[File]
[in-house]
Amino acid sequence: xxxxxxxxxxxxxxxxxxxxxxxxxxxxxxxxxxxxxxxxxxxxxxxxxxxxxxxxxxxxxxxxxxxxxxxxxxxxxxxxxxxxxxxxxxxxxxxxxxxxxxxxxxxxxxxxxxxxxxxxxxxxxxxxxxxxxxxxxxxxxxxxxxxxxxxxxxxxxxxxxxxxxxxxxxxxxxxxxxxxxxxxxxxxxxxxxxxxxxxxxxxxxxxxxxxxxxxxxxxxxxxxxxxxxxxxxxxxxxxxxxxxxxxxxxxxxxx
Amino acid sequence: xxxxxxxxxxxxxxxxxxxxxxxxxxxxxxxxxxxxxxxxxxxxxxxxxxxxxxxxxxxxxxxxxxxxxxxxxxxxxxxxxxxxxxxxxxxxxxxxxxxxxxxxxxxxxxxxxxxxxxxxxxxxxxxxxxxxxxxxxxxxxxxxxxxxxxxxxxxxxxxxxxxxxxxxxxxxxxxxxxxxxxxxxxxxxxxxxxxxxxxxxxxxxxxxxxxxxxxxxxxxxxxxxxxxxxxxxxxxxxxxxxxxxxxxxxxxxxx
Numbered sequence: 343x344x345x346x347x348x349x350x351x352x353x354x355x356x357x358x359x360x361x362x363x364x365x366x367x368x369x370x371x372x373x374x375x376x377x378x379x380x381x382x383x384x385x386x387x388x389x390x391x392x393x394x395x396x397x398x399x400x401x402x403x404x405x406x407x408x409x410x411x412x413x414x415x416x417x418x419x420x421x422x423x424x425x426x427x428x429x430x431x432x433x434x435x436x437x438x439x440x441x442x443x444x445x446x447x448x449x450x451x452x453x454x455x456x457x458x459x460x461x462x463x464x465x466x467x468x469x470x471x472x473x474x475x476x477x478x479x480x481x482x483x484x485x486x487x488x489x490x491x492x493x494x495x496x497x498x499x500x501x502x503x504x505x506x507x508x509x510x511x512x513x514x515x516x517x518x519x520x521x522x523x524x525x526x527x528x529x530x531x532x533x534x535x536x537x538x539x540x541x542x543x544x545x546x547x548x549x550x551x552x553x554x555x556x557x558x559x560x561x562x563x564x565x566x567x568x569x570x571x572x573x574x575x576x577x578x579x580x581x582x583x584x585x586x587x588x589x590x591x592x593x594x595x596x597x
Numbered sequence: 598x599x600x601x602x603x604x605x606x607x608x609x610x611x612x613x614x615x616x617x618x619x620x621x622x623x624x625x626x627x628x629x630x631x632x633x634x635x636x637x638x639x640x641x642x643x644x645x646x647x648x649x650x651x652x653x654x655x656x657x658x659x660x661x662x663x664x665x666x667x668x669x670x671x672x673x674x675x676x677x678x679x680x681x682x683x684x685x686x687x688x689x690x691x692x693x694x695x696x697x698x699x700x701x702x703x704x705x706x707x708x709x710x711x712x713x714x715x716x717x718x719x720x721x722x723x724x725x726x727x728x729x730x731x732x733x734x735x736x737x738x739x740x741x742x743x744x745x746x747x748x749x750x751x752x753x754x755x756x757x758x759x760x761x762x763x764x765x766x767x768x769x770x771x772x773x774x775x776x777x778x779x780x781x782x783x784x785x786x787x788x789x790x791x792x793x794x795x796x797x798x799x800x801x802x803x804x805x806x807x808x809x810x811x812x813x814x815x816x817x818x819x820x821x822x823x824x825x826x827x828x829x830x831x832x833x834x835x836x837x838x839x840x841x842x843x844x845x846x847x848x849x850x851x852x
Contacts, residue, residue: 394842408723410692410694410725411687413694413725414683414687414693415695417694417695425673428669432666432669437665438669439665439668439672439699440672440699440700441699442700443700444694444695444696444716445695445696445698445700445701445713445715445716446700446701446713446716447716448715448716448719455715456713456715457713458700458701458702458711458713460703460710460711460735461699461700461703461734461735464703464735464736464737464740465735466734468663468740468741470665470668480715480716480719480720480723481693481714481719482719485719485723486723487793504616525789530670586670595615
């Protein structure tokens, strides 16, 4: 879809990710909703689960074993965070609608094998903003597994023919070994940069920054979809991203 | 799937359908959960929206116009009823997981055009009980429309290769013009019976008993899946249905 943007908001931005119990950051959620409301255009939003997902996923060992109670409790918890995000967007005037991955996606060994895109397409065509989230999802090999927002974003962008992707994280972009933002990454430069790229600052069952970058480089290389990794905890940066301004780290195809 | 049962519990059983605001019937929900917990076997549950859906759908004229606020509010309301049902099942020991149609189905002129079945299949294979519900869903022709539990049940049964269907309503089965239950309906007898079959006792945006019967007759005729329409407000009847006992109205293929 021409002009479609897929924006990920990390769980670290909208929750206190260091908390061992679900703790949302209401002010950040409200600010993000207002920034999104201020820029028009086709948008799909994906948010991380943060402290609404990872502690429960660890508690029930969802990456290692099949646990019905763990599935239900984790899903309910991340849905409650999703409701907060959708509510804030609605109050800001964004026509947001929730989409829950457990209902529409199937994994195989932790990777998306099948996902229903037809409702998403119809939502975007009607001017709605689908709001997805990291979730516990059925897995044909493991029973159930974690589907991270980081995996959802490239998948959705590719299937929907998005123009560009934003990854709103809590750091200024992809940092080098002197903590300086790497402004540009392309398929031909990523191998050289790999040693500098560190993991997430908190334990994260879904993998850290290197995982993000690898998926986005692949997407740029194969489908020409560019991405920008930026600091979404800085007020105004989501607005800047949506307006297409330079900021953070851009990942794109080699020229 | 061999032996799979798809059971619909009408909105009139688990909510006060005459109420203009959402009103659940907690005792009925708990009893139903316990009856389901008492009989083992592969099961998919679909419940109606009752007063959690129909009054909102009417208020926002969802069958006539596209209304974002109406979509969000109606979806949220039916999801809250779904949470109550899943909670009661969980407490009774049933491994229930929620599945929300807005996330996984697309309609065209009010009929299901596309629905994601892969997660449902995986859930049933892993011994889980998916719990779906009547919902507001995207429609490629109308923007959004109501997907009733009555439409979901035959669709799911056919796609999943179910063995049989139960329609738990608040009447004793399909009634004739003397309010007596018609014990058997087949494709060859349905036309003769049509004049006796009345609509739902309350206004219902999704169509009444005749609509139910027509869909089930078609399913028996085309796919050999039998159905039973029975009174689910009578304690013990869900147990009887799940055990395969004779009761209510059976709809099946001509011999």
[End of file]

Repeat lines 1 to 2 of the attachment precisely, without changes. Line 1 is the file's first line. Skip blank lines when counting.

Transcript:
[in-house]
Amino acid sequence: xxxxxxxxxxxxxxxxxxxxxxxxxxxxxxxxxxxxxxxxxxxxxxxxxxxxxxxxxxxxxxxxxxxxxxxxxxxxxxxxxxxxxxxxxxxxxxxxxxxxxxxxxxxxxxxxxxxxxxxxxxxxxxxxxxxxxxxxxxxxxxxxxxxxxxxxxxxxxxxxxxxxxxxxxxxxxxxxxxxxxxxxxxxxxxxxxxxxxxxxxxxxxxxxxxxxxxxxxxxxxxxxxxxxxxxxxxxxxxxxxxxxxxxxxxxxxxx